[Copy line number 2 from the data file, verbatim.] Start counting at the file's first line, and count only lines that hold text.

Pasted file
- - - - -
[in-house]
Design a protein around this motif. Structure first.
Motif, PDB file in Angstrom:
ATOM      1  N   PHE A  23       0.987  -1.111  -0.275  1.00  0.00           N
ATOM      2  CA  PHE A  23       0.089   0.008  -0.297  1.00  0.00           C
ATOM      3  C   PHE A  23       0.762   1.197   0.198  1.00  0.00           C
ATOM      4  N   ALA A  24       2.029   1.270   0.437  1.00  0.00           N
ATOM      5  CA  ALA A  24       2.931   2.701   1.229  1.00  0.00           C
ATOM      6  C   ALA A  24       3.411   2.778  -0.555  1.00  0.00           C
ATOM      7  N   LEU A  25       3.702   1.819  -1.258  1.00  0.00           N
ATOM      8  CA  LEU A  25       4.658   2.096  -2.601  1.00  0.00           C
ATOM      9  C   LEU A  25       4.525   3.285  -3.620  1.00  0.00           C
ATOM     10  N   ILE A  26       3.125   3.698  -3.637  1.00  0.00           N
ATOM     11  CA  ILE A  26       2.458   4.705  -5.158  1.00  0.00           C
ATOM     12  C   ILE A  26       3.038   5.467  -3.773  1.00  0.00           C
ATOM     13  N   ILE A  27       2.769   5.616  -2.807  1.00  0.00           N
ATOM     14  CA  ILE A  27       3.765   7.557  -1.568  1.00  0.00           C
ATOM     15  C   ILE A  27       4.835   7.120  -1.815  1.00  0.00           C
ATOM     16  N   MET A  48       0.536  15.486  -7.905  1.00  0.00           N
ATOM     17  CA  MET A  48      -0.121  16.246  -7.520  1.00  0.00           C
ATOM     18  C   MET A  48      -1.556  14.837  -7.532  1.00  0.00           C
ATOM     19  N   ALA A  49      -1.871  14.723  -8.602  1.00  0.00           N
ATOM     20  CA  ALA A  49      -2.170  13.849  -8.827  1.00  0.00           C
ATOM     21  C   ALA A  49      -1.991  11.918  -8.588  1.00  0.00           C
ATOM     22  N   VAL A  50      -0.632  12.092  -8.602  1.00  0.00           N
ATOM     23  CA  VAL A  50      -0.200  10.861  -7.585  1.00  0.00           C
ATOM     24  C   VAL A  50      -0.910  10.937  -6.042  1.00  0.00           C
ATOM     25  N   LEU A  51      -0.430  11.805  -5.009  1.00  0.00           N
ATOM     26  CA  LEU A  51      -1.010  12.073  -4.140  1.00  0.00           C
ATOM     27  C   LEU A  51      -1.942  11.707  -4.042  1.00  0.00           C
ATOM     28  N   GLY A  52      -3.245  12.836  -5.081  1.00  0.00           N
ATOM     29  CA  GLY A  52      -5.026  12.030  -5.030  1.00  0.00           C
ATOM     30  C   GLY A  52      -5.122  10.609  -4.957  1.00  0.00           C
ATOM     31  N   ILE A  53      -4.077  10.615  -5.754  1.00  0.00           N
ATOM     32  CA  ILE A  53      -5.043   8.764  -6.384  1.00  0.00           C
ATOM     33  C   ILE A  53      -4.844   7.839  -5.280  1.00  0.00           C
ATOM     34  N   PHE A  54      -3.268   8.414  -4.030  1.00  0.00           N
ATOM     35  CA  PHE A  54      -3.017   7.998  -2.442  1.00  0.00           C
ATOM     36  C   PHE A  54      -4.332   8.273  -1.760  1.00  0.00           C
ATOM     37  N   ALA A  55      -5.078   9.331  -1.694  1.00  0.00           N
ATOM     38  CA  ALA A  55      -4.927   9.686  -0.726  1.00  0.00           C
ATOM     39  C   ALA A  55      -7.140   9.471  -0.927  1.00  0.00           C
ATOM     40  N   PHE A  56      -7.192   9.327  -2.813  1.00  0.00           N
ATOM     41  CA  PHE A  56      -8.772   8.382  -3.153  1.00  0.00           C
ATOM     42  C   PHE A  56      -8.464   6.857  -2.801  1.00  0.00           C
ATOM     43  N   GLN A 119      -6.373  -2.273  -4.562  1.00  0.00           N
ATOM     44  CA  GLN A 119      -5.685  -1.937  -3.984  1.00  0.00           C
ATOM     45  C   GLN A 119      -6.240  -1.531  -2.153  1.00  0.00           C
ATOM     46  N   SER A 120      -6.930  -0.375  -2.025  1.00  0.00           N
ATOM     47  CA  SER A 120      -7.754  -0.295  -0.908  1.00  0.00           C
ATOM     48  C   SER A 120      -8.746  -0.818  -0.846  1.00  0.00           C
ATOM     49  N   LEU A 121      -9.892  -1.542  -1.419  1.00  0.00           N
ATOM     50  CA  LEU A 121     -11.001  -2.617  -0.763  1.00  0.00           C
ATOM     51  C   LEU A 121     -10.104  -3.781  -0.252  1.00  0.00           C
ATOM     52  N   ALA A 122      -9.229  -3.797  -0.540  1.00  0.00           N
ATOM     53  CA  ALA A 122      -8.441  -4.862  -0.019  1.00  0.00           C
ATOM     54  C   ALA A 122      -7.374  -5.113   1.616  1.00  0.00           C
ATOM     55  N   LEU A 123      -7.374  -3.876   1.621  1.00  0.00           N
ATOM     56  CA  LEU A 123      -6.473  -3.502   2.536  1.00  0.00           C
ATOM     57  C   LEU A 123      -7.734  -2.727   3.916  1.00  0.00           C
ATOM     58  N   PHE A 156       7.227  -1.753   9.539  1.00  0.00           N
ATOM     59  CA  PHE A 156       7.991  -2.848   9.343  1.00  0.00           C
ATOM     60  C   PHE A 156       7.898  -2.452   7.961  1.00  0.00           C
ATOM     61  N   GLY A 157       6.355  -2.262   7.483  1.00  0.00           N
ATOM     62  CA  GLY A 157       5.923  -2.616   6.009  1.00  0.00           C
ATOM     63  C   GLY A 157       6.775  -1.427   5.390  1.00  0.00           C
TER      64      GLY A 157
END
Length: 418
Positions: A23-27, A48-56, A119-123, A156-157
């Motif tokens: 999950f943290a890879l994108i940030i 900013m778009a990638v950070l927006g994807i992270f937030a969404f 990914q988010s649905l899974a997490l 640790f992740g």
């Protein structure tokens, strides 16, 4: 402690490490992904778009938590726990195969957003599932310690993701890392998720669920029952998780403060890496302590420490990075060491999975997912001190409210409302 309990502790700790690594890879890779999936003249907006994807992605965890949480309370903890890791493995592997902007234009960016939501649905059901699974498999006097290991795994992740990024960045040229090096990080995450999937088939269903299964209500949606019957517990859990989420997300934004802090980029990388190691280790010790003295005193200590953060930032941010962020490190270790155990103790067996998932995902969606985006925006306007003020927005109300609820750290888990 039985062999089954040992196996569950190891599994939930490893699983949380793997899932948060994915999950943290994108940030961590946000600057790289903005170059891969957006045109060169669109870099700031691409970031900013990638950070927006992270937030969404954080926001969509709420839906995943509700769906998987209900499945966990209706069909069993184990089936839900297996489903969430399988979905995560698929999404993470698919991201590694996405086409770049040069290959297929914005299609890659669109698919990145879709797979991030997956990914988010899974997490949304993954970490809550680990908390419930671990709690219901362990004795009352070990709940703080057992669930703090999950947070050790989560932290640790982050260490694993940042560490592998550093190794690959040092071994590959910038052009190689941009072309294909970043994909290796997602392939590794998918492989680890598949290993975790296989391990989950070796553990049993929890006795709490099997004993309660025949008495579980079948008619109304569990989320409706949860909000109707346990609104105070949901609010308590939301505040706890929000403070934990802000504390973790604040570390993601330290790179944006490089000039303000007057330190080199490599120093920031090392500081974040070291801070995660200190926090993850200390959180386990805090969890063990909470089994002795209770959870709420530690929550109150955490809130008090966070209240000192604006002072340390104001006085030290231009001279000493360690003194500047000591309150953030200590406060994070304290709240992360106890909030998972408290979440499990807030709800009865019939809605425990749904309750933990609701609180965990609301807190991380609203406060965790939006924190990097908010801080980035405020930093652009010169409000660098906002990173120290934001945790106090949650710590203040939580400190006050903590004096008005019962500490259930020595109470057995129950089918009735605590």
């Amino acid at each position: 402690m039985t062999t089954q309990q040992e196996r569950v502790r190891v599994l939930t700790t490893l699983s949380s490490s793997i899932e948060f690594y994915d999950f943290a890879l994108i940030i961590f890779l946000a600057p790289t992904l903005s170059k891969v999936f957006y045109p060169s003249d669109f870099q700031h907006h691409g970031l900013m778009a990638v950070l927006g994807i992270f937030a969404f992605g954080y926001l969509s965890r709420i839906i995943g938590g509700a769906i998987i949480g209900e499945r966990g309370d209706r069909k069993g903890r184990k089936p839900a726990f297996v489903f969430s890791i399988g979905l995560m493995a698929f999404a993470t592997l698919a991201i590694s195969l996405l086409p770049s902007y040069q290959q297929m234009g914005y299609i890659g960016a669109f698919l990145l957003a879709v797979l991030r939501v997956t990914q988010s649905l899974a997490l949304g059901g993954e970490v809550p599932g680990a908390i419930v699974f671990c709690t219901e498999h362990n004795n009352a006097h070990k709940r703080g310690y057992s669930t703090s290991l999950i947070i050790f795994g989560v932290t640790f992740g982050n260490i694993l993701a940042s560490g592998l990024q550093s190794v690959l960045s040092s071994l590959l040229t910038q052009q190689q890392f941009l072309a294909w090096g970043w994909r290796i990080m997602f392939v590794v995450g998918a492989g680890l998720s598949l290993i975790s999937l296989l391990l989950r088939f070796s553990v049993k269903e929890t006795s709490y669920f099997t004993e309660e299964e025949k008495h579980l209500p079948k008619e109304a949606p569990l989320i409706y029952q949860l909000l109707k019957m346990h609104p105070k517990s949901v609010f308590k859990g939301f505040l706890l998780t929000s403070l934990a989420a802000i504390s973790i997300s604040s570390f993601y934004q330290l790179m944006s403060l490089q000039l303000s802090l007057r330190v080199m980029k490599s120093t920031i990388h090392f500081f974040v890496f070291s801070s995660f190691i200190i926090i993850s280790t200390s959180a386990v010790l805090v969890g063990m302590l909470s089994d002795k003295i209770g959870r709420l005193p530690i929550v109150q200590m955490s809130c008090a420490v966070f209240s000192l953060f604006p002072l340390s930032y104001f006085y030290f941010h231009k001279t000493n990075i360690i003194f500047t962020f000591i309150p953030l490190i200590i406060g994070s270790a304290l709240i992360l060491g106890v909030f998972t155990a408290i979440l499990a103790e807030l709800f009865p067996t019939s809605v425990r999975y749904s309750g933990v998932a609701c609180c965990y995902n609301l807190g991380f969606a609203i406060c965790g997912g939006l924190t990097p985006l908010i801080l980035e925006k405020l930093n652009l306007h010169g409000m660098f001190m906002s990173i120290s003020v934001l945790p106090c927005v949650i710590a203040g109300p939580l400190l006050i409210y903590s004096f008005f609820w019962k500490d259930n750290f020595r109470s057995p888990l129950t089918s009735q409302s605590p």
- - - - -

Design a protein around this motif. Structure first.